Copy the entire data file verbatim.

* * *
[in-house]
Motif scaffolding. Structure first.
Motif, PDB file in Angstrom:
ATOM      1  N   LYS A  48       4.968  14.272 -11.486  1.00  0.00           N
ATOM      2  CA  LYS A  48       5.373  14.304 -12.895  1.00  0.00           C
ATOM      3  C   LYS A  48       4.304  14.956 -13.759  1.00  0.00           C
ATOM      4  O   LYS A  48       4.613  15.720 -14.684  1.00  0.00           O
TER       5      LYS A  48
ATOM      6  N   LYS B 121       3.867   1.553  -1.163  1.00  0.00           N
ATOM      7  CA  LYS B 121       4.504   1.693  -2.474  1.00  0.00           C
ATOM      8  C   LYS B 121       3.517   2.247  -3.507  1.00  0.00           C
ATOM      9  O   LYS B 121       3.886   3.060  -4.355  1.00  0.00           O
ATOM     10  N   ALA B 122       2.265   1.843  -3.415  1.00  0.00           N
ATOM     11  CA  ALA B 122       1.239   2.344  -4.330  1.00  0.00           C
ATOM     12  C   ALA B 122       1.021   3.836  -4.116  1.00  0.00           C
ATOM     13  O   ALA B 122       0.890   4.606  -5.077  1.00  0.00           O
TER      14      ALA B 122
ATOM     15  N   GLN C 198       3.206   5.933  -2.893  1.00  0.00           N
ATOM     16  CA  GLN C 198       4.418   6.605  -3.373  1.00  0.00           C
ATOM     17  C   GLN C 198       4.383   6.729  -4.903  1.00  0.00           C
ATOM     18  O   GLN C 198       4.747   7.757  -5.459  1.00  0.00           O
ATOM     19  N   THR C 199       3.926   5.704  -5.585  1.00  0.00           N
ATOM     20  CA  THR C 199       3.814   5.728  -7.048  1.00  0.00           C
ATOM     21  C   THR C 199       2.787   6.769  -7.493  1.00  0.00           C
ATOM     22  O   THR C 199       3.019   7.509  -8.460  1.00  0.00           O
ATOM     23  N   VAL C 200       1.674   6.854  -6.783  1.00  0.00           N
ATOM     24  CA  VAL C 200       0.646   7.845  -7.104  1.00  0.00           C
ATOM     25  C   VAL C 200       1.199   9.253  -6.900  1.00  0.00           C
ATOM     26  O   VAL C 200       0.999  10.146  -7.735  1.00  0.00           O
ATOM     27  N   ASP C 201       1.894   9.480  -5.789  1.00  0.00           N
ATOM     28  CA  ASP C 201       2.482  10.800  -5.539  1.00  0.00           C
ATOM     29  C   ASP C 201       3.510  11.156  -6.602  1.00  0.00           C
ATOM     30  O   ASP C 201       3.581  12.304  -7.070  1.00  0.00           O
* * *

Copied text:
[in-house]
Motif scaffolding. Structure first.
Motif, PDB file in Angstrom:
ATOM      1  N   LYS A  48       4.968  14.272 -11.486  1.00  0.00           N
ATOM      2  CA  LYS A  48       5.373  14.304 -12.895  1.00  0.00           C
ATOM      3  C   LYS A  48       4.304  14.956 -13.759  1.00  0.00           C
ATOM      4  O   LYS A  48       4.613  15.720 -14.684  1.00  0.00           O
TER       5      LYS A  48
ATOM      6  N   LYS B 121       3.867   1.553  -1.163  1.00  0.00           N
ATOM      7  CA  LYS B 121       4.504   1.693  -2.474  1.00  0.00           C
ATOM      8  C   LYS B 121       3.517   2.247  -3.507  1.00  0.00           C
ATOM      9  O   LYS B 121       3.886   3.060  -4.355  1.00  0.00           O
ATOM     10  N   ALA B 122       2.265   1.843  -3.415  1.00  0.00           N
ATOM     11  CA  ALA B 122       1.239   2.344  -4.330  1.00  0.00           C
ATOM     12  C   ALA B 122       1.021   3.836  -4.116  1.00  0.00           C
ATOM     13  O   ALA B 122       0.890   4.606  -5.077  1.00  0.00           O
TER      14      ALA B 122
ATOM     15  N   GLN C 198       3.206   5.933  -2.893  1.00  0.00           N
ATOM     16  CA  GLN C 198       4.418   6.605  -3.373  1.00  0.00           C
ATOM     17  C   GLN C 198       4.383   6.729  -4.903  1.00  0.00           C
ATOM     18  O   GLN C 198       4.747   7.757  -5.459  1.00  0.00           O
ATOM     19  N   THR C 199       3.926   5.704  -5.585  1.00  0.00           N
ATOM     20  CA  THR C 199       3.814   5.728  -7.048  1.00  0.00           C
ATOM     21  C   THR C 199       2.787   6.769  -7.493  1.00  0.00           C
ATOM     22  O   THR C 199       3.019   7.509  -8.460  1.00  0.00           O
ATOM     23  N   VAL C 200       1.674   6.854  -6.783  1.00  0.00           N
ATOM     24  CA  VAL C 200       0.646   7.845  -7.104  1.00  0.00           C
ATOM     25  C   VAL C 200       1.199   9.253  -6.900  1.00  0.00           C
ATOM     26  O   VAL C 200       0.999  10.146  -7.735  1.00  0.00           O
ATOM     27  N   ASP C 201       1.894   9.480  -5.789  1.00  0.00           N
ATOM     28  CA  ASP C 201       2.482  10.800  -5.539  1.00  0.00           C
ATOM     29  C   ASP C 201       3.510  11.156  -6.602  1.00  0.00           C
ATOM     30  O   ASP C 201       3.581  12.304  -7.070  1.00  0.00           O